“In fact, jurisdictions that do honor detainers can be found liable for unlawfully holding an individual on a detainer without a judicial warrant in violation of the Fourth Amendment and may be required to compensate individuals for damages.”

More recently, according to Vox reporting, the Supreme Court declined to hear a case that would have asked it to strike down California’s Values Act. This act prevents state and local law enforcement from sharing immigrants’ personal information with immigration authorities and transferring them to immigration custody. As a result, the law stands.

Refusal to carry out sanctuary laws

It’s one thing to sign a bill into law and another to enforce it. A growing number of Colorado conservative sheriffs have joined a nationwide trend of passing resolutions opposing laws they don’t like, asserting that their elected county sheriffs need not enforce measures they view as unconstitutional.

The assertion evokes the Constitutional Sheriff’s movement, which has roots in white supremacy and is based on the idea that the county sheriff is the ultimate law enforcement authority in the country.  According to the ACLU, “This idea was pioneered by Christian Identity minister William Potter Gale in the 1970s as ‘Posse Comitatus,’ which is Latin for ‘the power of the county.’”

In response to a 2019 red flag law that allows a judge to temporarily confiscate a person’s guns if they’re determined via a judicial process to be a risk to themselves or others, 64 Colorado counties, including El Paso and Douglas Counties, passed resolutions declaring themselves to be Second Amendment (2A) sanctuaries. This assertion means they either won’t enforce the law or will only enforce it based on a risk analysis.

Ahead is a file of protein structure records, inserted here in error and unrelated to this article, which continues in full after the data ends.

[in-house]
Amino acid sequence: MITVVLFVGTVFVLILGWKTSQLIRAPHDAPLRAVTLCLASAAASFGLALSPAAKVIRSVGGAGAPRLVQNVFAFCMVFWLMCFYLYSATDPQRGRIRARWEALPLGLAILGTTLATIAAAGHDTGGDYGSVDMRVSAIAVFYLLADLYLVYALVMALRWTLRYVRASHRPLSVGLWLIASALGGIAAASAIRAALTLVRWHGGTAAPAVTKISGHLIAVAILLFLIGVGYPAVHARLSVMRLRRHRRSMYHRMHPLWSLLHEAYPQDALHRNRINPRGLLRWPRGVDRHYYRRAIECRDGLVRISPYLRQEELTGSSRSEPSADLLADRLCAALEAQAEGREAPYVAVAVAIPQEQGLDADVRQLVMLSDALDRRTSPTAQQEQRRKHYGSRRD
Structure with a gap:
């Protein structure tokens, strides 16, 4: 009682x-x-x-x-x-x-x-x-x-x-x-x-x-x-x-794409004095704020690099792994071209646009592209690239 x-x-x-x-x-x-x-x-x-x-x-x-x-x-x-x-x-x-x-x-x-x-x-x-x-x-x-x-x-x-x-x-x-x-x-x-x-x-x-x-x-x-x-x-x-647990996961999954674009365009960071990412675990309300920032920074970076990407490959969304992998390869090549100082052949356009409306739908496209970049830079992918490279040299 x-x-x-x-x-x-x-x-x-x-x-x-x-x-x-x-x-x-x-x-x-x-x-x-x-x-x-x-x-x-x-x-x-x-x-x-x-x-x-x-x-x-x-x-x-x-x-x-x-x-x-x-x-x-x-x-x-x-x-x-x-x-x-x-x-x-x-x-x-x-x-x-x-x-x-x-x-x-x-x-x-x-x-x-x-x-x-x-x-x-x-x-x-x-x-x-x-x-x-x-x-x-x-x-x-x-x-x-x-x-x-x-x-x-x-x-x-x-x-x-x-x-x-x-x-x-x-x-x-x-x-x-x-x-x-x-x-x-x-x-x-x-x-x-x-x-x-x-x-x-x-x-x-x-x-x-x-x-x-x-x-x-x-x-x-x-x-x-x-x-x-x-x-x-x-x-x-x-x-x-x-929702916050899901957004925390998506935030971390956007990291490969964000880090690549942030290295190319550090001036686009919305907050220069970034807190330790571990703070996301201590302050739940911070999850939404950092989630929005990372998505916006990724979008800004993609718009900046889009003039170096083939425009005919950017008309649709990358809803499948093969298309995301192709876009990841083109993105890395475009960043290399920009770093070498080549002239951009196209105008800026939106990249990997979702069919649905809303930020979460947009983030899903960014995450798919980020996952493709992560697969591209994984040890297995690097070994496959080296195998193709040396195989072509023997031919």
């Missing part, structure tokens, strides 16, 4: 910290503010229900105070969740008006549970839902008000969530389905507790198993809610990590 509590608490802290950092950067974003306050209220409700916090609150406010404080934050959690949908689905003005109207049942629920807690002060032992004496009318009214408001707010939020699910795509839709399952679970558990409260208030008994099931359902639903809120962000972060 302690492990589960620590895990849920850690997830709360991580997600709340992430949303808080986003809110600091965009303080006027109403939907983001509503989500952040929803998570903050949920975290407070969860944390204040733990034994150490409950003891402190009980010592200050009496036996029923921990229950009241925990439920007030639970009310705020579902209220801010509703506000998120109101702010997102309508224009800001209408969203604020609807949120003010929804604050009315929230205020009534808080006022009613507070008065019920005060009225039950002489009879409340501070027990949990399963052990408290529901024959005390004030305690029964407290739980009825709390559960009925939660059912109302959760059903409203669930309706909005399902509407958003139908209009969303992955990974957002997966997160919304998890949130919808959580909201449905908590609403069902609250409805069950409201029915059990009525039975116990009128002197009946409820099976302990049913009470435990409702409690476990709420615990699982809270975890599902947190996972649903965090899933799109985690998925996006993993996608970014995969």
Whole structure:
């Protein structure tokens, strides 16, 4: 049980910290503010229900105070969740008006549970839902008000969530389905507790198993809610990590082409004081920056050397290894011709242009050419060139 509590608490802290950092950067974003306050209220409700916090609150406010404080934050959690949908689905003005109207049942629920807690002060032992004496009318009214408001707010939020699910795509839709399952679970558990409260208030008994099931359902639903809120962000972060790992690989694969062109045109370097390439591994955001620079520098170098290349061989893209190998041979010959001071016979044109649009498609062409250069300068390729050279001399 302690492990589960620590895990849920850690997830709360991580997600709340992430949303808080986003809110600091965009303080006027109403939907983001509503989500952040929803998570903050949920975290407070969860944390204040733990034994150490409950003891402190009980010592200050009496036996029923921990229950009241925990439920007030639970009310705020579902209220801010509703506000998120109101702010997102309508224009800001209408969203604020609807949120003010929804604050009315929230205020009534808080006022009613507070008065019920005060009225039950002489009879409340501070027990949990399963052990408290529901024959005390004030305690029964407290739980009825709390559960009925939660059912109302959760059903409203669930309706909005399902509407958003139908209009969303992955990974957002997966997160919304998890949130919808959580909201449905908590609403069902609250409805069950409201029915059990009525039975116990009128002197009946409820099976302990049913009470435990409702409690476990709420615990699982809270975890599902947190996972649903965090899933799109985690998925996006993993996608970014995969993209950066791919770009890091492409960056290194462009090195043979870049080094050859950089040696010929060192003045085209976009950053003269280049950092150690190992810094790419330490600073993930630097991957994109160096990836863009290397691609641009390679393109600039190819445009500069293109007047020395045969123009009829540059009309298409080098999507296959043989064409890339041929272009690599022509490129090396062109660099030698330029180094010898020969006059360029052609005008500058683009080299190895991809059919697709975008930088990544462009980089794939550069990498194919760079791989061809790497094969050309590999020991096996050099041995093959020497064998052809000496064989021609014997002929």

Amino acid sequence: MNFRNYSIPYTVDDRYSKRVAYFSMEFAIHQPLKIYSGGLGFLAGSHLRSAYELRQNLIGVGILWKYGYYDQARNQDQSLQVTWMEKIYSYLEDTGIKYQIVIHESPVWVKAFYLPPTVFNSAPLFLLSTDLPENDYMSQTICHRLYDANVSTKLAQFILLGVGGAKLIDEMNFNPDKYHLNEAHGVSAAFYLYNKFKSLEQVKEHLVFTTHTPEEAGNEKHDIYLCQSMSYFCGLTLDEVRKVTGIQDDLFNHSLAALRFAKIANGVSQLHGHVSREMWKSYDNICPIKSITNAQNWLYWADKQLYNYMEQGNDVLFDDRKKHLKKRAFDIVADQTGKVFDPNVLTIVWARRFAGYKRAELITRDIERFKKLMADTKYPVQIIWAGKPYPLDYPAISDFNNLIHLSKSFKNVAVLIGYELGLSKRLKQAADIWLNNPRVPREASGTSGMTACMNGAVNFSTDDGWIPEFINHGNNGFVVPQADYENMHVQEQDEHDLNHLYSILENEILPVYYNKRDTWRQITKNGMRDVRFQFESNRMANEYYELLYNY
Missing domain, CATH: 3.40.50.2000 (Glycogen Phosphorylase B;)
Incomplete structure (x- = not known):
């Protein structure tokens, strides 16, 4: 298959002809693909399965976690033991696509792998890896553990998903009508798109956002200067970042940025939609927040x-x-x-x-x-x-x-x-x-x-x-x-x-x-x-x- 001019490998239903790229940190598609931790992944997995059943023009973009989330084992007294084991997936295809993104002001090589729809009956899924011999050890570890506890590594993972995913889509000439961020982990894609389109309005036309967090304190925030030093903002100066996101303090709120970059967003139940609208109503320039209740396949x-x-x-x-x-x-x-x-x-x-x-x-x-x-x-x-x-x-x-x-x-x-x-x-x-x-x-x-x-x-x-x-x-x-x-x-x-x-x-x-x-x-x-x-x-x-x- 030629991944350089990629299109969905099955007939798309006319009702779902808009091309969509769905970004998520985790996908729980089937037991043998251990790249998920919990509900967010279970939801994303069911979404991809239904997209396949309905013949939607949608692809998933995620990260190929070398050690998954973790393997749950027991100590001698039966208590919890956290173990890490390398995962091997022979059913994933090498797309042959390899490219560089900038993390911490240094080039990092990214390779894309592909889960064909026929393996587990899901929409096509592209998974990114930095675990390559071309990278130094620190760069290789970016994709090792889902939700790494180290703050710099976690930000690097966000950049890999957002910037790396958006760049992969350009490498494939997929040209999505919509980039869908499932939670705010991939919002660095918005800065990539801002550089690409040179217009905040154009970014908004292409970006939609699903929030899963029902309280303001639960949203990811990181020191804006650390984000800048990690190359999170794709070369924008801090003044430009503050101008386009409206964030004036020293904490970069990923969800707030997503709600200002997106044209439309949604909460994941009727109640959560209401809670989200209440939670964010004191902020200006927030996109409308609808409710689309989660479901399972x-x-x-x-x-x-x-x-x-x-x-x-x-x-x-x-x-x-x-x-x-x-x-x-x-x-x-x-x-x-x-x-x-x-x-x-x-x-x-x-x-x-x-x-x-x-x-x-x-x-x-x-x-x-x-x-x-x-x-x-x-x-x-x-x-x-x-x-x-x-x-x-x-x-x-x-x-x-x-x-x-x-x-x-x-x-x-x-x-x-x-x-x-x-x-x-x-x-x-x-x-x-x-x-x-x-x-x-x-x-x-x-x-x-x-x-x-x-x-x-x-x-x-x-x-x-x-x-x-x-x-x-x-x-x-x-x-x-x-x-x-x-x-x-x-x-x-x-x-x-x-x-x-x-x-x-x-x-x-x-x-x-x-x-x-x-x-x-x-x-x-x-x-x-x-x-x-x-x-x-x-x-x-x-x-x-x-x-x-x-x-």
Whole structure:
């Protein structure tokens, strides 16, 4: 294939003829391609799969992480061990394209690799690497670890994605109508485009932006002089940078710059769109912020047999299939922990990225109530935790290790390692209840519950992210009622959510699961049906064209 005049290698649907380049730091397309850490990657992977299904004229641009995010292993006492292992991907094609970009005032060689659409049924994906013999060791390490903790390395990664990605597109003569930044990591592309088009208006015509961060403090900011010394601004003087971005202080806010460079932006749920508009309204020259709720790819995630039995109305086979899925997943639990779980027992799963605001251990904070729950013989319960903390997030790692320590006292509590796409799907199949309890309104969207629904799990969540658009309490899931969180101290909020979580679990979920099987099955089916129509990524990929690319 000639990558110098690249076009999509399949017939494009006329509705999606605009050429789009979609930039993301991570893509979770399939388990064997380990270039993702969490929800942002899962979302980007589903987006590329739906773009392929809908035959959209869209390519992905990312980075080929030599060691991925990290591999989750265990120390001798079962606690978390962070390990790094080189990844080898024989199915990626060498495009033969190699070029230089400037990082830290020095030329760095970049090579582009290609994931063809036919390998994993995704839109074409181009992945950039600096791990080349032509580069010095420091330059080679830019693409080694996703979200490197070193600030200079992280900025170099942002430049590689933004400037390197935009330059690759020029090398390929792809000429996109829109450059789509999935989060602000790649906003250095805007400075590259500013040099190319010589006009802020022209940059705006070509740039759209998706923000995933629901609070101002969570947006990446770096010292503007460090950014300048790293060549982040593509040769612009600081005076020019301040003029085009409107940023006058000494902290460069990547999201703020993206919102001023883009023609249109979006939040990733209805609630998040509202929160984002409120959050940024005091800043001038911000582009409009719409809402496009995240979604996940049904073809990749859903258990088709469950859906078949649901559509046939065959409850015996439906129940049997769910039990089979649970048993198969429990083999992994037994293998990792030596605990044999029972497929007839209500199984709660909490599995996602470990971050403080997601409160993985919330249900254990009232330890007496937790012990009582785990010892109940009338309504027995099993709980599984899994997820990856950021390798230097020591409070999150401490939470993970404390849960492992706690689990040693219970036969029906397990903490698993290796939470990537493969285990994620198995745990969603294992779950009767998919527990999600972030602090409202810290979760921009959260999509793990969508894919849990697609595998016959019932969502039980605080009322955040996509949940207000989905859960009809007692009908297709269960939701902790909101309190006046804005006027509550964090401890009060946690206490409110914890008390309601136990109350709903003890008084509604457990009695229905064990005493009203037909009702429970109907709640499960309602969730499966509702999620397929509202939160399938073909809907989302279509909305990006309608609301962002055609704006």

RELATED: ‘Gun Sanctuary’ Resolutions Being Adopted by Some CO Counties Have White Supremacist Roots

As migrants have flooded into Denver on buses sent to the state by Texas Gov. Greg Abbott, several of the same counties have passed resolutions declaring they aren’t a sanctuary jurisdiction. Douglas County’s 2023 resolution states it will support the sheriff’s office’s ability to “uphold federal immigration law.” 

More recently, the county adopted an emergency ordinance stating that a “driver of a commercial vehicle may not stop and unload passengers in unincorporated Douglas County other than at planned, scheduled and documented destinations.”

El Paso county officials have also stated the county will not be designated as a sanctuary county.

On the other hand, a handful of conservative counties in Colorado, including Weld County, have refused to pass declarations that they aren’t a sanctuary jurisdiction, arguing that the resolutions aren’t substantive.